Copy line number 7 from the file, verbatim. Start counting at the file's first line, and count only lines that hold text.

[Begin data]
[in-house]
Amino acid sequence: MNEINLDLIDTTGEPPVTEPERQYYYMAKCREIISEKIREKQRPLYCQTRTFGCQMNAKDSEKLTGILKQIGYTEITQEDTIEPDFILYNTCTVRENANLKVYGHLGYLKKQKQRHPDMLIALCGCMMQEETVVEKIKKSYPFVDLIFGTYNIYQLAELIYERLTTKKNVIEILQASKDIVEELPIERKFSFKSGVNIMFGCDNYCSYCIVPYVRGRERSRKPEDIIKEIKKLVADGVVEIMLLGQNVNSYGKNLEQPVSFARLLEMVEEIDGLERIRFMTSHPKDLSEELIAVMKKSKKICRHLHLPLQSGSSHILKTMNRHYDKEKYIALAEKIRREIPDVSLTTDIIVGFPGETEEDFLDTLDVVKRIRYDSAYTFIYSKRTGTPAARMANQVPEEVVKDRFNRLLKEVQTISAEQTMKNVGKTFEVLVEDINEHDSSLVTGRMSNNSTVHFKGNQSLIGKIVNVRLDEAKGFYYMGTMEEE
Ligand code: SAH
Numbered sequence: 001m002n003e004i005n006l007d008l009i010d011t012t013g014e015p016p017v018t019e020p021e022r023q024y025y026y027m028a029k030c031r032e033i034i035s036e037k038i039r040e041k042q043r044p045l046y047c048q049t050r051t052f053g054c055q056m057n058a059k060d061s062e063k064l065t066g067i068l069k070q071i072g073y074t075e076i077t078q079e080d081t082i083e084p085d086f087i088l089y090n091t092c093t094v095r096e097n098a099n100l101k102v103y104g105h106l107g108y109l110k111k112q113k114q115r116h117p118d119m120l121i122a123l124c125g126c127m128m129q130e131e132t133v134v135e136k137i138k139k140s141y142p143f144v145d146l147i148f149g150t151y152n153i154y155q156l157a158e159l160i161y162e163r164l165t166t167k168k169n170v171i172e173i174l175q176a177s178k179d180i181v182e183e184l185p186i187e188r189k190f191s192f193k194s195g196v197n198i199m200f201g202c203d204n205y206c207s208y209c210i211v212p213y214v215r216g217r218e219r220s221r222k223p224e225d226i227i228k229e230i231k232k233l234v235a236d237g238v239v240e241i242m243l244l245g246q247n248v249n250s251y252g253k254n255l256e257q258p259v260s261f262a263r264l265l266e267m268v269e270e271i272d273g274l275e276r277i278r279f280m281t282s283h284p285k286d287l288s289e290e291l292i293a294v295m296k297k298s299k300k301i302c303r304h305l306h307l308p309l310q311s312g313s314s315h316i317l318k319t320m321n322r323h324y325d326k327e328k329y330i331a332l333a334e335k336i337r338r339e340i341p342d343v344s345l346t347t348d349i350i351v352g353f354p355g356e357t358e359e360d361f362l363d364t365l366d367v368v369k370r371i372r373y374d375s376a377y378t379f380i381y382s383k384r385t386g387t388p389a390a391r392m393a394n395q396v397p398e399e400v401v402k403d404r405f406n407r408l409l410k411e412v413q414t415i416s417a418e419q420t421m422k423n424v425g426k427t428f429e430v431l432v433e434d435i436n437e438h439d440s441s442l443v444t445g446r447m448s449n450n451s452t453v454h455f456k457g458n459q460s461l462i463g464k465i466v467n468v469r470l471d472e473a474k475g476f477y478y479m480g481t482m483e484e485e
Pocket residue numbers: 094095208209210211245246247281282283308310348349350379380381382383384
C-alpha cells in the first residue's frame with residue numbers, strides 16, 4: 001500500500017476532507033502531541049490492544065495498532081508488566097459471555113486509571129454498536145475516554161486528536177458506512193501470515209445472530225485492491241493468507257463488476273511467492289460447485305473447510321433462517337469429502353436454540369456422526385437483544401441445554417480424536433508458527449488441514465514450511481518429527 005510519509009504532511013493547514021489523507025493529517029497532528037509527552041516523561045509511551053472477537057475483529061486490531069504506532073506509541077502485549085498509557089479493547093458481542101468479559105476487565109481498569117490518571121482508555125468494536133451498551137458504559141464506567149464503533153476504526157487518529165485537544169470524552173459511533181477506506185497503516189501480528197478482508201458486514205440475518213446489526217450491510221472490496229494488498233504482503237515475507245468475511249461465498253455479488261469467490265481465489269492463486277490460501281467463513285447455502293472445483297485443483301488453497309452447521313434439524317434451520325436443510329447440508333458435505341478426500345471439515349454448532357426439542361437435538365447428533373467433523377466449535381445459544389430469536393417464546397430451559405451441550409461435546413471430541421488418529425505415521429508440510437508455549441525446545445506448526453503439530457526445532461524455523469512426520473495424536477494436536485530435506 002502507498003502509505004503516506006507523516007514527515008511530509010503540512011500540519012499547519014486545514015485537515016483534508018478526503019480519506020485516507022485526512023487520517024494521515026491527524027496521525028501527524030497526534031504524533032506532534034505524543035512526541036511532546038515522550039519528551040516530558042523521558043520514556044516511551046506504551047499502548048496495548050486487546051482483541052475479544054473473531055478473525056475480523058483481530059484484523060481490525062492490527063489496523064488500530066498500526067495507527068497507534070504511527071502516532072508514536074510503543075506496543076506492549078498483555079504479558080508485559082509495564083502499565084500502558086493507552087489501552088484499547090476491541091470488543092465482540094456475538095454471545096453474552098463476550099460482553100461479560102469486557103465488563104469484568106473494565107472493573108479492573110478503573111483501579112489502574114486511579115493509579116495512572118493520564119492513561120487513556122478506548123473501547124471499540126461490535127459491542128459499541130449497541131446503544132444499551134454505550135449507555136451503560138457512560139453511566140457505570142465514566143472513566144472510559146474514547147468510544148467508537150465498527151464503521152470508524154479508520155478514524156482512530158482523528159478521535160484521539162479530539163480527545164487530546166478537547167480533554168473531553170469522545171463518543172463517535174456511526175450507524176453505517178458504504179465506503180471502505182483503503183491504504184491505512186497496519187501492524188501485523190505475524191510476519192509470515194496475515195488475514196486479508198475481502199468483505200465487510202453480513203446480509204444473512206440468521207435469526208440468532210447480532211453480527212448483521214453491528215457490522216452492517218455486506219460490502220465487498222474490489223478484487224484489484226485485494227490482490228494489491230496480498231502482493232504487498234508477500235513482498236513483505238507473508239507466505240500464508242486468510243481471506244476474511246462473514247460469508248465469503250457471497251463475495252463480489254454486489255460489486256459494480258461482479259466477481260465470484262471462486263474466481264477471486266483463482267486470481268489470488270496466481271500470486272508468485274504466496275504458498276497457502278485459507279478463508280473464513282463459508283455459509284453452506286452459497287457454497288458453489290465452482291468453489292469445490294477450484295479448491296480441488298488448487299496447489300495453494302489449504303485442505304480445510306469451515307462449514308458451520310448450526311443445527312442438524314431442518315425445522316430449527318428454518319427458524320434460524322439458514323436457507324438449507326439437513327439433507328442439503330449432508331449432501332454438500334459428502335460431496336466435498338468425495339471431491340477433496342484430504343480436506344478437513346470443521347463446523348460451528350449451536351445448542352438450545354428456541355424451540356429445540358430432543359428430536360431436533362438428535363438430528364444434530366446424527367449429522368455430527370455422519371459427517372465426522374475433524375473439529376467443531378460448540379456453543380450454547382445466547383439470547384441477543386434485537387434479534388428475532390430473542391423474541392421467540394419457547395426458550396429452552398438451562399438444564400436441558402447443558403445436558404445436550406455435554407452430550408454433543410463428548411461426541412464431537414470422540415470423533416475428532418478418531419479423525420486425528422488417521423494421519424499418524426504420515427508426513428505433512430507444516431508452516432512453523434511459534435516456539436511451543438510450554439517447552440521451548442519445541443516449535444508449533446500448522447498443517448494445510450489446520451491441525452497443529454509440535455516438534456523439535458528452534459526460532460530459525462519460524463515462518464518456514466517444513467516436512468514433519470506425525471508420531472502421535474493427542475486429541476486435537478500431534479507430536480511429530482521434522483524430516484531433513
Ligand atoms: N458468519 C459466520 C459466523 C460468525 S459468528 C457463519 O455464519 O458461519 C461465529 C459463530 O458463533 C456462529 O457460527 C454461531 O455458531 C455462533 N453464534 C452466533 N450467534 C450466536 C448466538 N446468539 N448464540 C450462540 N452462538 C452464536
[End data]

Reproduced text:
Ligand atoms: N458468519 C459466520 C459466523 C460468525 S459468528 C457463519 O455464519 O458461519 C461465529 C459463530 O458463533 C456462529 O457460527 C454461531 O455458531 C455462533 N453464534 C452466533 N450467534 C450466536 C448466538 N446468539 N448464540 C450462540 N452462538 C452464536